Friday, March 14, 2014

On the problem of irreproducible data

Given the potential that stem cells hold for curing a number of human diseases, it's no surprise that two high-profile papers published in the January edition of Nature garnered a great deal of attention. The papers basically suggested that creating stem cells from normal ones could be as simple as exposing them to acid or mechanical stress, such as forcing cells through glass tubes. Even more, these STAP (stimulus-triggered acquistion of pluripotency) cells seemed to be some sort of "super stem cell", capable of forming not only any body tissue but also the placenta, something that other pluripotent cells normally cannot do.

Most stem cell biologists were taken aback at the simplicity of the method. George Daley, a leading stem cell biologist at Harvard, called the findings "fascinating", "perplexing" and "begging to be replicated". Another researcher, Dieter Egli, bluntly said that if he described the method to his colleagues, they would think he was kidding.

Turns out they called it right. Several researchers now report that they are unable to replicate the original findings. Qi-Long Ying (whose lab was one building over from mine at USC), an original supporter of the method, was one of the unsuccessful ones. There's also a blog keeping record of other failed attempts. When the original author, Haruko Obokata (RIKEN/Harvard) and her colleagues shared the methodology they used, it turns out the process wasn't as simple as it initially sounded, and in fact was technically quite challenging. Subsequently, some of the data in the papers has also come under question, and calls for retraction have already been issued. (Edited to add: Uh oh.)

This isn't the first high-profile set of experiments that have failed the independent replication test, nor will they be the last. But this ties in very neatly to one of the things that frustrated me most during my Ph.D. - being able to reproduce the same set of data multiple times, until you're absolutely sure that your findings are real. Some of my work was performed in primary endothelial cells, and as any life scientist can tell you, working with primary cells is never easy. They can be terribly finicky creatures, and two different batches of cells may give completely different results in the same experiment. The number of repeats you have to run to get statistically significant data keeps increasing, and when you're repeating an experiment for the nth time, it can get really annoying.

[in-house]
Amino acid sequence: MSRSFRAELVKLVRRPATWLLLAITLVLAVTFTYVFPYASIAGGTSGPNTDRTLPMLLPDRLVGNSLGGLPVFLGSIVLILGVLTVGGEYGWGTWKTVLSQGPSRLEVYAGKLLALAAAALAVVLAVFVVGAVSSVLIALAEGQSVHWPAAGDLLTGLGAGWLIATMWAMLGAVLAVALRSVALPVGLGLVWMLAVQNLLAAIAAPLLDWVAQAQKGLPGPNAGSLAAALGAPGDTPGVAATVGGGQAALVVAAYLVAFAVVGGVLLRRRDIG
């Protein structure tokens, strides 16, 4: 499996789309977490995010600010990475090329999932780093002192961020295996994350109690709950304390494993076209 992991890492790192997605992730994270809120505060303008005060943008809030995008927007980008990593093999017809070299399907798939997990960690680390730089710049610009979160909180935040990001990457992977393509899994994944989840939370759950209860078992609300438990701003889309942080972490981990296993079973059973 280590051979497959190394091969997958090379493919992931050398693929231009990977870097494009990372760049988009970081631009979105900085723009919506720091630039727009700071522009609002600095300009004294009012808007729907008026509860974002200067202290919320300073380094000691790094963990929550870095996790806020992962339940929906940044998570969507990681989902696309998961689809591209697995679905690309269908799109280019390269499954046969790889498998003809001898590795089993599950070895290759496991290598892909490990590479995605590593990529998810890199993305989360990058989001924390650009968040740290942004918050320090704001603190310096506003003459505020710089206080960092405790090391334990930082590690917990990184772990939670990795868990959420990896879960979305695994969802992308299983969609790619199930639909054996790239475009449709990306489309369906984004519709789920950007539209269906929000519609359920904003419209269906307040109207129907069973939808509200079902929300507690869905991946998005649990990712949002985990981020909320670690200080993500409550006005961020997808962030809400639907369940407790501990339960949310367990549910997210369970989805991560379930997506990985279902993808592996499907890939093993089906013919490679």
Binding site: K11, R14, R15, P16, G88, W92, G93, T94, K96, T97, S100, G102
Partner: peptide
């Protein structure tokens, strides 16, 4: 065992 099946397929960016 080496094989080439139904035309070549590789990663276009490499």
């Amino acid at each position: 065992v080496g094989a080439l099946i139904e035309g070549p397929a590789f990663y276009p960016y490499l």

Or when you're a grad student, trying to repeat a supposedly very easy protocol published in a journal like Nature (so it must be true!) and you can't get it to work, it's easy to ask yourself whether you're the one with the problem. Maybe you're not doing it right, or you just have bad hands, or you need to stand on one leg and recite the Lord's prayer backwards when performing the fifth step in the protocol. Who knows? Enough to drive even the most even-keeled of people slightly mad.

This is an issue that I am sure a lot of other life scientists struggle with, and something that I plan to revisit over the course of a few blog posts. In the meantime, I leave you with a fabulous compendium of articles on this issue published as a special issue by Nature a few years ago. Excellent, and very thought-provoking indeed. As we perform increasingly technically sophisticated experiments using better and bigger equipment, issues of reliability and reproducibility become all the more important. If we want to uphold the high ethical standards that all research is supposed to meet, these are things that we need to think, talk and debate about just as keenly as we discuss which lab got published on Nature's cover page last week.

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